Open Government Initiative Blog

  • A Status Report on the Administration’s Commitment to Open Government

    President Obama has made open government a high priority. Greater openness renders our government more efficient and effective. It strengthens our democracy. It improves our citizens’ lives.

    To these ends, the Administration has taken many substantial steps to promote increased participation and collaboration in government, and to make government more transparent. For example, federal agencies have increased transparency through redoubled efforts to disclose more information under the Freedom of Information Act. They have implemented ambitious Open Government Plans, and made voluminous data newly available to the public.  The Administration has also made spending information more transparent, and taken steps to disclose previously sensitive government information.

    Of course, creating a more open government requires sustained effort. How best to harness new technologies in the service of open government, to strike the proper balance between transparency and the protection of national security and personal privacy, to change agency culture so that openness becomes the new normal–such issues require long-term commitment.

  • The Open Government Partnership and Development of the U.S. Open Government Plan

    The Open Government Plan of the United States will be formally launched in September on the margins of the U.N. General Assembly in New York City. As we continue our work on the plan, we want to thank you for your help and participation.  Last week, on this blog, we posed several questions asking for your ideas about how we can focus open government efforts on improving public services and increasing public integrity.  We are grateful for the helpful responses we have received, and we will be publishing all responsive submissions online in the next few weeks.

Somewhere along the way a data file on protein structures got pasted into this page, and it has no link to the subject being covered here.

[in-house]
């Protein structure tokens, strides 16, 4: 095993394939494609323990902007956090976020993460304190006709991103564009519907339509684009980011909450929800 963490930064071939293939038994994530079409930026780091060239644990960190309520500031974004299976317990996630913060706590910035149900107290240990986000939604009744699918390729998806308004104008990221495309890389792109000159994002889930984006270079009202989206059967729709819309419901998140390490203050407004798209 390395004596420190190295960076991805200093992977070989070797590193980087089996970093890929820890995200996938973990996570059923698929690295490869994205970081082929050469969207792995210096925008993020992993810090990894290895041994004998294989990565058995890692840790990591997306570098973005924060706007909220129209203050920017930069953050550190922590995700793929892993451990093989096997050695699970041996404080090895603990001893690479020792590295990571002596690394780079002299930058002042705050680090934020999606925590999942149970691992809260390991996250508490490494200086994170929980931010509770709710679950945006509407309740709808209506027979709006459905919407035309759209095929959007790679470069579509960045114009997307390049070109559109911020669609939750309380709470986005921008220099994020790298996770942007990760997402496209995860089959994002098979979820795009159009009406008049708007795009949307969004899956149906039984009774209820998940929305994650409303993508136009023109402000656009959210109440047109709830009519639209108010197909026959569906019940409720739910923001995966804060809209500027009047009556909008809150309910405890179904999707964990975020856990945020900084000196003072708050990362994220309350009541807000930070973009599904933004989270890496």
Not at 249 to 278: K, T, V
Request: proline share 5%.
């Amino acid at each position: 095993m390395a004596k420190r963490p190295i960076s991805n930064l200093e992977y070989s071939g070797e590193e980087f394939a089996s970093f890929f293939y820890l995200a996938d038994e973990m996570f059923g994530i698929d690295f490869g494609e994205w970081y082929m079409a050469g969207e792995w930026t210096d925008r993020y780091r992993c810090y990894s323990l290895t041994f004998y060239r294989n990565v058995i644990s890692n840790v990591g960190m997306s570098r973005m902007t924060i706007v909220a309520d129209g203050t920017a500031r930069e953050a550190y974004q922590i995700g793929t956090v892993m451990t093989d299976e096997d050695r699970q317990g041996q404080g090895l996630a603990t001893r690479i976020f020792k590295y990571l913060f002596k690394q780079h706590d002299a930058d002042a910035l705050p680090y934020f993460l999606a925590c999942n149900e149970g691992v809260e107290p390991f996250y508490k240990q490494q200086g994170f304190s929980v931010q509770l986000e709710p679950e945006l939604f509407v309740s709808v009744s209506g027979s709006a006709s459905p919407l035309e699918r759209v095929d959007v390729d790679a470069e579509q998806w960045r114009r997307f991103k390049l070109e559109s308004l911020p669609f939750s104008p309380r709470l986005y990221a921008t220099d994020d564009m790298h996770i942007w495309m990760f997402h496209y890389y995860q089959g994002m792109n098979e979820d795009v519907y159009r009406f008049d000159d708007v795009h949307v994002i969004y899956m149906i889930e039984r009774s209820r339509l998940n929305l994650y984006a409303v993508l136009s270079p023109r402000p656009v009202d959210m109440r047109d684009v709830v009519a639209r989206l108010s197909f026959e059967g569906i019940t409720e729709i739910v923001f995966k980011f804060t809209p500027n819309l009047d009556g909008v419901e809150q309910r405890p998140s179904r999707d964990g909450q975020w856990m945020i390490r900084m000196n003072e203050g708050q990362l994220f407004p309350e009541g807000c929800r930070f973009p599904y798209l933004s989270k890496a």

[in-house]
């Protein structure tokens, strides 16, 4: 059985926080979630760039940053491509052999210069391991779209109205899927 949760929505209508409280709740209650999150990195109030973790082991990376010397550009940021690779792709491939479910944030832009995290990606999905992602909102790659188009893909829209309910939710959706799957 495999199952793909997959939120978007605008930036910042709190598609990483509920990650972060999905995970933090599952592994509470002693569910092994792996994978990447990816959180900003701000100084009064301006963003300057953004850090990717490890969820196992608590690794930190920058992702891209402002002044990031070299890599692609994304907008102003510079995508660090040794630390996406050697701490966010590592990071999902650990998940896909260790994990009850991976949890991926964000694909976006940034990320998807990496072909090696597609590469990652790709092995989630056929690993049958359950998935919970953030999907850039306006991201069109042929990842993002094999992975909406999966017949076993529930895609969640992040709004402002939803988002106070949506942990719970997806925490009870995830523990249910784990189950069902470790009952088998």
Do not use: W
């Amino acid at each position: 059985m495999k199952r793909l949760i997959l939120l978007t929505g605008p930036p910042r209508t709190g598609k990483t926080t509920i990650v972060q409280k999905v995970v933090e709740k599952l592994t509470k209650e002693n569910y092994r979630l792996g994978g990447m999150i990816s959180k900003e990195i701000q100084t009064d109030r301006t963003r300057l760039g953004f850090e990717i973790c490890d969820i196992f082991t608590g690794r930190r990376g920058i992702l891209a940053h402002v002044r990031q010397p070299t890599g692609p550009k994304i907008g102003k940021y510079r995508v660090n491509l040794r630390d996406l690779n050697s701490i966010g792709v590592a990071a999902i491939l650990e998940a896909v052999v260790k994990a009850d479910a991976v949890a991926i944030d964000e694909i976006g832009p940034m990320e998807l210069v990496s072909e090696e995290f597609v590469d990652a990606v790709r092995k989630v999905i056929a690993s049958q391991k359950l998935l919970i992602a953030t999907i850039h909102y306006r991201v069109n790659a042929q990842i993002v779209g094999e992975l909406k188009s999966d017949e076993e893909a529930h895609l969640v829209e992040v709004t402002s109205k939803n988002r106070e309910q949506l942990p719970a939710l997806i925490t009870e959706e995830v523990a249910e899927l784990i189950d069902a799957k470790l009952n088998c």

In response to our inquiries, some people have asked for additional information about the Open Government Partnership and the Open Government Plan, and on how they fit into the Administration’s domestic Open Government Initiative.  We provide some more detail here.   

    The White House’s Open Government Initiative is a domestic effort, launched on the President’s first full day in office, to work toward an “unprecedented level of openness in government.”  Over the past two years, responding to the President’s Memorandum on Transparency and Open Government, Federal agencies have done a great deal to make information about how government works more accessible to the public, to solicit citizens’ participation in government decision-making, and to collaborate with all sectors of the economy on new and innovative solutions.  

  • The Changing Role of Federal Chief Information Officers

    Today, the Office of Management and Budget issued a memorandum (PDF) that lays out key responsibilities and authorities for Agency Chief Information Officers (CIOs). These authorities will enable CIOs to reduce the number of wasteful duplicative systems, simplify services for the American people, and deliver more effective information technology [IT] to support their agency’s mission.

    This memo builds on the work the Administration has done under the 25 Point Plan to Reform Federal IT Management, now in its eighth month of implementation. These reforms were developed to remedy what had become routine in Washington: IT projects running over budget, falling behind schedule, or failing to deliver promised functionality, hampering agency missions and wasting taxpayer dollars.

    This situation is no longer commonplace. If you take a look at the achievements every CIO has already accomplished under the reform plan, they have fundamentally changed the way the federal government manages information technology. The memorandum will help CIOs deliver on key areas to drive results and yield an even greater impact.